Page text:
Art, as David Graeber provocatively suggests in his 2008 essay The Sadness of Post-Workerism , is "whatever we can convince very rich people to buy". In the same piece, Graeber, a leading figure in the Occupy movement, notes that "the production of art is an industry, and one connected to capital, marketing, and design in any number of (historically shifting) ways." Artist James Thornhill and theoretician Fulvia Carnevale, who together make up the Claire Fontaine collective, take a similar stance. In a 2009 interview with Texte zur Kunst magazine, they don’t mince their words about the role of artists today, pointing out that they have become "products and brands. They also note the "shocking abundance" of the "commodity" in the current art world. While candidly admitting that they are unable to "control" or "avoid" this situation, they do emphasise that their work is aimed at "fight[ing]" it.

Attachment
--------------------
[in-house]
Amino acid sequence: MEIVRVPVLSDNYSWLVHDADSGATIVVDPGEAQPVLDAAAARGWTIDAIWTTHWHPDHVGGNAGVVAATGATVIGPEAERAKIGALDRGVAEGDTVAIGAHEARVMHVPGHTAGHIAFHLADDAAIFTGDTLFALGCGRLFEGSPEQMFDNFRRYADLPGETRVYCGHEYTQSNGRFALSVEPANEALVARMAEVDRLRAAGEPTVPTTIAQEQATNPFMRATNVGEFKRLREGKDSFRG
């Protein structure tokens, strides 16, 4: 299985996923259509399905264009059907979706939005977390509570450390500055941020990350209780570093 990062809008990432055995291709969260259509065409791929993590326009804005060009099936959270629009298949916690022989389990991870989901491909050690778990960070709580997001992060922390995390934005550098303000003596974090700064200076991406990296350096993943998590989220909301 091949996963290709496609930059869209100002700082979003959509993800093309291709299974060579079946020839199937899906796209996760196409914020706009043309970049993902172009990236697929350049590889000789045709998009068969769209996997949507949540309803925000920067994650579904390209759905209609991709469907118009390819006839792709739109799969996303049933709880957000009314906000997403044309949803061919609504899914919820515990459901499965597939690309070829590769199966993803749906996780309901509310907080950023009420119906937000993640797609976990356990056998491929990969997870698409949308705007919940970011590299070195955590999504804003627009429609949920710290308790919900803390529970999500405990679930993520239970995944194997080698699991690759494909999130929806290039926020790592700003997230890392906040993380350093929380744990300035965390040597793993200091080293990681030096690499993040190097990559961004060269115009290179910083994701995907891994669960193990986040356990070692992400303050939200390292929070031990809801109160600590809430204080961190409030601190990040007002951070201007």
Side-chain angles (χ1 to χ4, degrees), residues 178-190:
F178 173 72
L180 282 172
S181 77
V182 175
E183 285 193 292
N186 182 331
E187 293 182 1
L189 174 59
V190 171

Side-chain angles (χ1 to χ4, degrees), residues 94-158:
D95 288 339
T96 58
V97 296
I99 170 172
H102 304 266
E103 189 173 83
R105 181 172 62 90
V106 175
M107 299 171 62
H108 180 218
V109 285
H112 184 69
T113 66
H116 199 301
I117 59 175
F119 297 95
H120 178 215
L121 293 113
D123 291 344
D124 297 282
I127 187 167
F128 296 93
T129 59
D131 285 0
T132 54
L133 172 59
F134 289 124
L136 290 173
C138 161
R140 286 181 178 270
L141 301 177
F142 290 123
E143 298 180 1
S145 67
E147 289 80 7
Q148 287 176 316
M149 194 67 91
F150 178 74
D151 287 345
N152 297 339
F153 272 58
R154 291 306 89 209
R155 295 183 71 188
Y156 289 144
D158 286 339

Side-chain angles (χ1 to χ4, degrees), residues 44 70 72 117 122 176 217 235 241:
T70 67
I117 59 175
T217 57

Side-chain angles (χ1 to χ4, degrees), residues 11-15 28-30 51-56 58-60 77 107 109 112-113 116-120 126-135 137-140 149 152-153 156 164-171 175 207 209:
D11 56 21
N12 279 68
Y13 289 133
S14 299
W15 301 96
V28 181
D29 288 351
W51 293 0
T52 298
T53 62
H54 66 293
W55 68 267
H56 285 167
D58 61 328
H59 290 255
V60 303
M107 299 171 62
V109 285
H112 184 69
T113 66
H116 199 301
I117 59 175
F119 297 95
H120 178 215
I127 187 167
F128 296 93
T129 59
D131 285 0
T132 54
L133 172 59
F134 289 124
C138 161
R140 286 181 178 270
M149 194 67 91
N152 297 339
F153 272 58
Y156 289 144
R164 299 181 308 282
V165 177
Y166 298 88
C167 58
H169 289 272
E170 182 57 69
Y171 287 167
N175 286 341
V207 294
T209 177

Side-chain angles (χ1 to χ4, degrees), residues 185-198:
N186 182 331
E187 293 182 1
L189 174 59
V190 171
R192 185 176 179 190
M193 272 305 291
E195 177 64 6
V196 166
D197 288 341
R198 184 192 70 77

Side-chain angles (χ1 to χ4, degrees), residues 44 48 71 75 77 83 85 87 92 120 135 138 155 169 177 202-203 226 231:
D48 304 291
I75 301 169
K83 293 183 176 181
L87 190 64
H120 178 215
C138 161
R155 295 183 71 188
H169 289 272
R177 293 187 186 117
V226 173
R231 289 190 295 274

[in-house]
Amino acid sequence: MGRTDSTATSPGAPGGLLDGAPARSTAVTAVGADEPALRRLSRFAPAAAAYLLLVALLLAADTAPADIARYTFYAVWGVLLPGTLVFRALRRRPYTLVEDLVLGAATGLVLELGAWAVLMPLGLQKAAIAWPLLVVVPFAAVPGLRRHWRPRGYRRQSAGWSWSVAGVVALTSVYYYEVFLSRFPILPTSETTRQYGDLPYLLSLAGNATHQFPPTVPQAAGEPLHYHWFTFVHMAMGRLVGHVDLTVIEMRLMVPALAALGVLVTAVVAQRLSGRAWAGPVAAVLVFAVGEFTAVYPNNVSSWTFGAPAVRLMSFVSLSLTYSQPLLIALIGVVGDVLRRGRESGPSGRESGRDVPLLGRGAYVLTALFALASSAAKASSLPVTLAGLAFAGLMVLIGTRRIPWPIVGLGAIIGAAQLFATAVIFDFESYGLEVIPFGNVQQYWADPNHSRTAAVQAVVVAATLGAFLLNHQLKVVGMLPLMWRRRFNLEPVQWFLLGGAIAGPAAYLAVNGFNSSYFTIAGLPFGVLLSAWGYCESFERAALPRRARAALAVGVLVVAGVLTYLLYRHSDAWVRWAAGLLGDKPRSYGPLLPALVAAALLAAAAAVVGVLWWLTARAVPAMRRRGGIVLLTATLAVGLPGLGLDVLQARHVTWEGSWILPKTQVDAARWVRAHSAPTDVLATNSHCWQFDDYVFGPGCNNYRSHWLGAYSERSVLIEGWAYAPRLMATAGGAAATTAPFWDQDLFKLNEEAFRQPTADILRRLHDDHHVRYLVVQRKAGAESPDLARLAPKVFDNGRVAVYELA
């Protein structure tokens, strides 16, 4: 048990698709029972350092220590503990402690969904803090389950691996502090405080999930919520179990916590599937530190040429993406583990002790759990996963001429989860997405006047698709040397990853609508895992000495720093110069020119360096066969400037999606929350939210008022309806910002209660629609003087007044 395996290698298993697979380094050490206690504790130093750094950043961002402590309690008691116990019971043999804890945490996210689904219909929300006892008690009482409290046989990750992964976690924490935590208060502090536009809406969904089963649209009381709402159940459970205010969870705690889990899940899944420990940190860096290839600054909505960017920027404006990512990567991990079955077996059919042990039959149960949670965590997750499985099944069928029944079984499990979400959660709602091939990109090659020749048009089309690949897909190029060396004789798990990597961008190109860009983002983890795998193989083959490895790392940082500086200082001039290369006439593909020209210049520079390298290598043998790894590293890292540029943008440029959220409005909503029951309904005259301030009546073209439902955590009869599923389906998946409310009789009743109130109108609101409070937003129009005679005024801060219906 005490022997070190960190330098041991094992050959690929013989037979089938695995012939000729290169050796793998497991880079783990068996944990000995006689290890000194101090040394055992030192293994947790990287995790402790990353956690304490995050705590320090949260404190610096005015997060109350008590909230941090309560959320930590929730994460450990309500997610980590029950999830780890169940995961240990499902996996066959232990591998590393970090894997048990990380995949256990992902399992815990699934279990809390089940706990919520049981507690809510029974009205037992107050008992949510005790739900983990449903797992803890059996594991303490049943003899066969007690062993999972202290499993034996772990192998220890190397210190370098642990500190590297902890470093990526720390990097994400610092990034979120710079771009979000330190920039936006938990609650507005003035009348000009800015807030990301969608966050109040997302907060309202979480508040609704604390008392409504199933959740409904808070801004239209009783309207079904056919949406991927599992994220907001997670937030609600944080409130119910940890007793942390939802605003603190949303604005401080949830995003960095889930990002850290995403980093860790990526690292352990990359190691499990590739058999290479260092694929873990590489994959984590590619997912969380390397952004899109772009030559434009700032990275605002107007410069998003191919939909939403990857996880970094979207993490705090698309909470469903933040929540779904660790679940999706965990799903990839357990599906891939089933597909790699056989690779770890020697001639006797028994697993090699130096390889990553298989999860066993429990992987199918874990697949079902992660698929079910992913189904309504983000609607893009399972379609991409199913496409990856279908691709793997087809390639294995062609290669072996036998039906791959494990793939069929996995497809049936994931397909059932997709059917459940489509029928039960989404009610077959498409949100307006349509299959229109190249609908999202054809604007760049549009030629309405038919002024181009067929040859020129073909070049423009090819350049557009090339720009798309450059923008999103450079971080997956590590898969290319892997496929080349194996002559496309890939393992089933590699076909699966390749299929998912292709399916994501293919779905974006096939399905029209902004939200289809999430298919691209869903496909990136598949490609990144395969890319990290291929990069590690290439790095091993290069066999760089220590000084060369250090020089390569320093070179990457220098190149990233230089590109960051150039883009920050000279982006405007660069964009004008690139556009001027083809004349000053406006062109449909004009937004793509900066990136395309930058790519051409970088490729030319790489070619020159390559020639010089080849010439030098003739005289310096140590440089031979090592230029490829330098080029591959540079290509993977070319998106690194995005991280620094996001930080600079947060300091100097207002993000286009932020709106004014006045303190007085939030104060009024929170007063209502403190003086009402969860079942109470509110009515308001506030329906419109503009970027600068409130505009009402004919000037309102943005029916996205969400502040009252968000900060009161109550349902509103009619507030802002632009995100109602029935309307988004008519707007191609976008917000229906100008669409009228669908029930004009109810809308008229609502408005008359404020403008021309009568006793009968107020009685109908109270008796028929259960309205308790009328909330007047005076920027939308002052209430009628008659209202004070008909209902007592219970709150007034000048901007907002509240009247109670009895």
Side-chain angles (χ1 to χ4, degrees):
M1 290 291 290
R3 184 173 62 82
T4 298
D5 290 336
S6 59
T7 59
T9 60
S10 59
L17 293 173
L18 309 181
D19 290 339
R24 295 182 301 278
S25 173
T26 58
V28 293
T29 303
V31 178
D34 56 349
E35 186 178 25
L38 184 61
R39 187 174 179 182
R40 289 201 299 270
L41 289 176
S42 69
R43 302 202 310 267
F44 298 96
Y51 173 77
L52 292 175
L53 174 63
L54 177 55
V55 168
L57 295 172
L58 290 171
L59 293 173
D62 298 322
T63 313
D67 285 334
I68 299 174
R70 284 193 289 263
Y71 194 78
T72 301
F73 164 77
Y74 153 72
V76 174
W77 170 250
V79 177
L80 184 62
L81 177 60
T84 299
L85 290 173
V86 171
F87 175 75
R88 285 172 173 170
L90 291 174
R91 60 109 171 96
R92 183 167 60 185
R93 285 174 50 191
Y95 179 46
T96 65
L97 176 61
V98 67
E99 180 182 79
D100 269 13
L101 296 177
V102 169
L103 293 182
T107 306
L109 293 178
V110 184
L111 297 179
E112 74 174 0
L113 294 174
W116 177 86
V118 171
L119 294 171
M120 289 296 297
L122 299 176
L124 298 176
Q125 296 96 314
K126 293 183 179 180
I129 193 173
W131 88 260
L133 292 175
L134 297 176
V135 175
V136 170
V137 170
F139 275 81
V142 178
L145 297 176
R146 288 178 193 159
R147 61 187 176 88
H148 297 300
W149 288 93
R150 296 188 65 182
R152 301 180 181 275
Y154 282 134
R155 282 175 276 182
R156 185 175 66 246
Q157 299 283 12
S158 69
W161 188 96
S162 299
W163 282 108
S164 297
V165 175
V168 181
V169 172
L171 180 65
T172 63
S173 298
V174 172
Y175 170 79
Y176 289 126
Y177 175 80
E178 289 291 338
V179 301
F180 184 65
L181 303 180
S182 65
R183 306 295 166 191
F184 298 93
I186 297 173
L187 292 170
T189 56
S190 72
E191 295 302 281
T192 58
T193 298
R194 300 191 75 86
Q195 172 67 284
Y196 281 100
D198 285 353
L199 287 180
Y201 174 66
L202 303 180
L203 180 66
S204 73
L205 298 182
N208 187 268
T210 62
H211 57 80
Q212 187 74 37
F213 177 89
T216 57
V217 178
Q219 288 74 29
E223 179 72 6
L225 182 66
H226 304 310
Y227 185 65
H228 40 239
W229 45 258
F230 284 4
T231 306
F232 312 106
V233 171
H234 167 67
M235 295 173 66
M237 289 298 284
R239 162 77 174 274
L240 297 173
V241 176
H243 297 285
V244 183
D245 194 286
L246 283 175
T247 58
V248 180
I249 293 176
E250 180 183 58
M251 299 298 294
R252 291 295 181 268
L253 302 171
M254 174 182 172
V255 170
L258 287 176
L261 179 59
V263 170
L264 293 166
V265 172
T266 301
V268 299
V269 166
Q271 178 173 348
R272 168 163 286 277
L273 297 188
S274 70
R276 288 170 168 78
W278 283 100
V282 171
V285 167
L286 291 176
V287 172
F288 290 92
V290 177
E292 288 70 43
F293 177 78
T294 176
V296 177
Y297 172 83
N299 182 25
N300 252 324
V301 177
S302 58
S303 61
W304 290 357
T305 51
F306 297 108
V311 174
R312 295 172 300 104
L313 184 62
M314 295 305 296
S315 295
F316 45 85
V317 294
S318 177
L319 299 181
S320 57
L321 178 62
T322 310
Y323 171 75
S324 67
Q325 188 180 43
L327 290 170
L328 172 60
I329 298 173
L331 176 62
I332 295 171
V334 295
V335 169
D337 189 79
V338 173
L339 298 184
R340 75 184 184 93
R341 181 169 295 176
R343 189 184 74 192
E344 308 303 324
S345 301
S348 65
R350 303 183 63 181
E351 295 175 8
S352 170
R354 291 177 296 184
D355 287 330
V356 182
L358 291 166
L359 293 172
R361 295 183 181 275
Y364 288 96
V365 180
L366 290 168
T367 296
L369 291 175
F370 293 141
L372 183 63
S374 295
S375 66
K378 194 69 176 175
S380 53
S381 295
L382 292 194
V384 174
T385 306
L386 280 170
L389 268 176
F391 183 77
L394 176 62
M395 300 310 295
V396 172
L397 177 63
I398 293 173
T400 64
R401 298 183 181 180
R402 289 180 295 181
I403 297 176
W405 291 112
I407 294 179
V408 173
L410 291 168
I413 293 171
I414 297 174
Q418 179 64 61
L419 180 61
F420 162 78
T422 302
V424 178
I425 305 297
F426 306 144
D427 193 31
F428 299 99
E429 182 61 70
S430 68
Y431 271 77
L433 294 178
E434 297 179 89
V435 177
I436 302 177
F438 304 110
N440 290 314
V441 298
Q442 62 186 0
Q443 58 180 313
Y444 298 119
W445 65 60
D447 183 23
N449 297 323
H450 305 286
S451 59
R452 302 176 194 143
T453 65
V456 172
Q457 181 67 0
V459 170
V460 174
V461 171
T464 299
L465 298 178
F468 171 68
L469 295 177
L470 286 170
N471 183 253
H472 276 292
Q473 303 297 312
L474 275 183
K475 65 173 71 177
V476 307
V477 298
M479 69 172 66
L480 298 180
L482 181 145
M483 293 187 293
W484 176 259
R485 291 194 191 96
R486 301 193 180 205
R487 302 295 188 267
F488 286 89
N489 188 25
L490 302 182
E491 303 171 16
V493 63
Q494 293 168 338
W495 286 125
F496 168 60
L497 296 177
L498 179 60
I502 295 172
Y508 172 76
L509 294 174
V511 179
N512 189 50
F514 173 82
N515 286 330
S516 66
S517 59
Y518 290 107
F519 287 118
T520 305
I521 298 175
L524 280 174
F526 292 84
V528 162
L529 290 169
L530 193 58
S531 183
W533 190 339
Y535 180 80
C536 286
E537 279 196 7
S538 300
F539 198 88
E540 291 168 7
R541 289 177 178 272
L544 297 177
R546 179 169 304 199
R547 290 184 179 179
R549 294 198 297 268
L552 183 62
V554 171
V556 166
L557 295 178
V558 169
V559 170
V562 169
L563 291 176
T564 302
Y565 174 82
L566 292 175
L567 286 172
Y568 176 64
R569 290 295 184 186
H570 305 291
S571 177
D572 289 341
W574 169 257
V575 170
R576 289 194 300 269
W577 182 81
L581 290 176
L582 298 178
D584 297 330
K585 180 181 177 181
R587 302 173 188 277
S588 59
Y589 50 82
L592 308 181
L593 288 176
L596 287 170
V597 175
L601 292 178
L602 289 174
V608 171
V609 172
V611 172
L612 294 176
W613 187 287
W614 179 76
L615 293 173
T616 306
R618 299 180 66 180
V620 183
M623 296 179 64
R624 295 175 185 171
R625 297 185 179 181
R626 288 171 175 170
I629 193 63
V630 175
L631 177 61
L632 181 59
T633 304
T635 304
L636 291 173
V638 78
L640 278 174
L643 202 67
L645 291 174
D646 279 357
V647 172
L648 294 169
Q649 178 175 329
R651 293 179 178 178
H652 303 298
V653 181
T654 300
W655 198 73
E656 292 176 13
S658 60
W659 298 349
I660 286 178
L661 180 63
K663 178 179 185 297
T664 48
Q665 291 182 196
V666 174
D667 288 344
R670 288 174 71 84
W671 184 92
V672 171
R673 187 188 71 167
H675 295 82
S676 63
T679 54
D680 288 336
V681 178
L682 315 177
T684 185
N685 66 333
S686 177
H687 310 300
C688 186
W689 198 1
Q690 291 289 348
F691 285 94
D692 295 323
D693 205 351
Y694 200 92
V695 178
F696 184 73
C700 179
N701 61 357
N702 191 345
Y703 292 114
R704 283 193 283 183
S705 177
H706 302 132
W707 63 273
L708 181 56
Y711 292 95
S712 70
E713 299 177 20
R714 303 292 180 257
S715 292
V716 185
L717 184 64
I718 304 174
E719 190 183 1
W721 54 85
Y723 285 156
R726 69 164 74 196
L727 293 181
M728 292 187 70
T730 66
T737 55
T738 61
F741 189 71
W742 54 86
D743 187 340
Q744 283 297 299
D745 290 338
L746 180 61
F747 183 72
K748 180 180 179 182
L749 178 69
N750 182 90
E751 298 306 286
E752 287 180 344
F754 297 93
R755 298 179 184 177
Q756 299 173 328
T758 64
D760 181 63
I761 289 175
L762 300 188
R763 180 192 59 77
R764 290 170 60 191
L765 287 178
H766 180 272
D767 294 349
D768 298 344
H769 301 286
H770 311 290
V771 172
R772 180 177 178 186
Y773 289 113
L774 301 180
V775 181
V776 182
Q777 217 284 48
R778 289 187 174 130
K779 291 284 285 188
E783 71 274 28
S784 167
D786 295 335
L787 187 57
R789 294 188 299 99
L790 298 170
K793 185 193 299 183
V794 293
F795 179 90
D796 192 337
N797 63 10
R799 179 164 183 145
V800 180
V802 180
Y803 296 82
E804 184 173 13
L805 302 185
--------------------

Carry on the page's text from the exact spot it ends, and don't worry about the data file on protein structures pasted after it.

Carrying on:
Claire Fontaine is the name of a French stationery company for office and school supplies. The art collective has appropriated the name to use as their own, subverting the concept of copyright as a means of protecting intellectual property by turning it into a copyleft, as it were. This appropriation subverts not only the concept of property, so crucial to capitalism, but also the no less important capitalist category of the individual consumer and "on demand" consumer satisfaction, by suddenly creating two discrete identities under the same name. The conceptual naming of the collective also harbours a significant art historical reference by phonetically echoing Marcel Duchamp’s legendary readymade Fountain (1917). Claire Fontaine self-identify as "ready-made artists" and put equal value in their output of theoretical writings and artworks. As they explain in their Untitled Text (2005), "Claire Fontaine is nothing but the nth ready-made artist, the nth meaning transmitter in the general buzz, the only difference being that she chooses political impotence as both the means and subject of her work."